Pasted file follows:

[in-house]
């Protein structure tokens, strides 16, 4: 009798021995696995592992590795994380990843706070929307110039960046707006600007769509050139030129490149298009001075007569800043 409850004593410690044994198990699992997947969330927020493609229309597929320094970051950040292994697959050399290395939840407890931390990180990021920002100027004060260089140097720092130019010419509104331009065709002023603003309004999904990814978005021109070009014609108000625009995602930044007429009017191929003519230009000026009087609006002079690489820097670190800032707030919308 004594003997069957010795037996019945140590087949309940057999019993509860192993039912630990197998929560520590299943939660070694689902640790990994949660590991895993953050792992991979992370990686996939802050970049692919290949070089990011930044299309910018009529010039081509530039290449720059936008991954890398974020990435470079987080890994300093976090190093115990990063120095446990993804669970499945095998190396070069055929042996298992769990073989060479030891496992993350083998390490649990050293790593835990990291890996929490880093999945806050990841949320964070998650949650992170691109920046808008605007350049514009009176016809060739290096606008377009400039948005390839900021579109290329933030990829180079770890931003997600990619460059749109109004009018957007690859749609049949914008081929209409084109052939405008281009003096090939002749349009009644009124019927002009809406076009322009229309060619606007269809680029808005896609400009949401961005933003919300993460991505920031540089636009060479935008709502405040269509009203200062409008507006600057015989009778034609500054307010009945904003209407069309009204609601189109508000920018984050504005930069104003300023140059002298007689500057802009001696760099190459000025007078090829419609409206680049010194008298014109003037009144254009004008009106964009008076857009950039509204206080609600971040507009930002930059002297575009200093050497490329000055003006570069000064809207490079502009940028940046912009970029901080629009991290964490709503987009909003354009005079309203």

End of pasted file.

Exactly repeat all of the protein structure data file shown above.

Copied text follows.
[in-house]
């Protein structure tokens, strides 16, 4: 009798021995696995592992590795994380990843706070929307110039960046707006600007769509050139030129490149298009001075007569800043 409850004593410690044994198990699992997947969330927020493609229309597929320094970051950040292994697959050399290395939840407890931390990180990021920002100027004060260089140097720092130019010419509104331009065709002023603003309004999904990814978005021109070009014609108000625009995602930044007429009017191929003519230009000026009087609006002079690489820097670190800032707030919308 004594003997069957010795037996019945140590087949309940057999019993509860192993039912630990197998929560520590299943939660070694689902640790990994949660590991895993953050792992991979992370990686996939802050970049692919290949070089990011930044299309910018009529010039081509530039290449720059936008991954890398974020990435470079987080890994300093976090190093115990990063120095446990993804669970499945095998190396070069055929042996298992769990073989060479030891496992993350083998390490649990050293790593835990990291890996929490880093999945806050990841949320964070998650949650992170691109920046808008605007350049514009009176016809060739290096606008377009400039948005390839900021579109290329933030990829180079770890931003997600990619460059749109109004009018957007690859749609049949914008081929209409084109052939405008281009003096090939002749349009009644009124019927002009809406076009322009229309060619606007269809680029808005896609400009949401961005933003919300993460991505920031540089636009060479935008709502405040269509009203200062409008507006600057015989009778034609500054307010009945904003209407069309009204609601189109508000920018984050504005930069104003300023140059002298007689500057802009001696760099190459000025007078090829419609409206680049010194008298014109003037009144254009004008009106964009008076857009950039509204206080609600971040507009930002930059002297575009200093050497490329000055003006570069000064809207490079502009940028940046912009970029901080629009991290964490709503987009909003354009005079309203």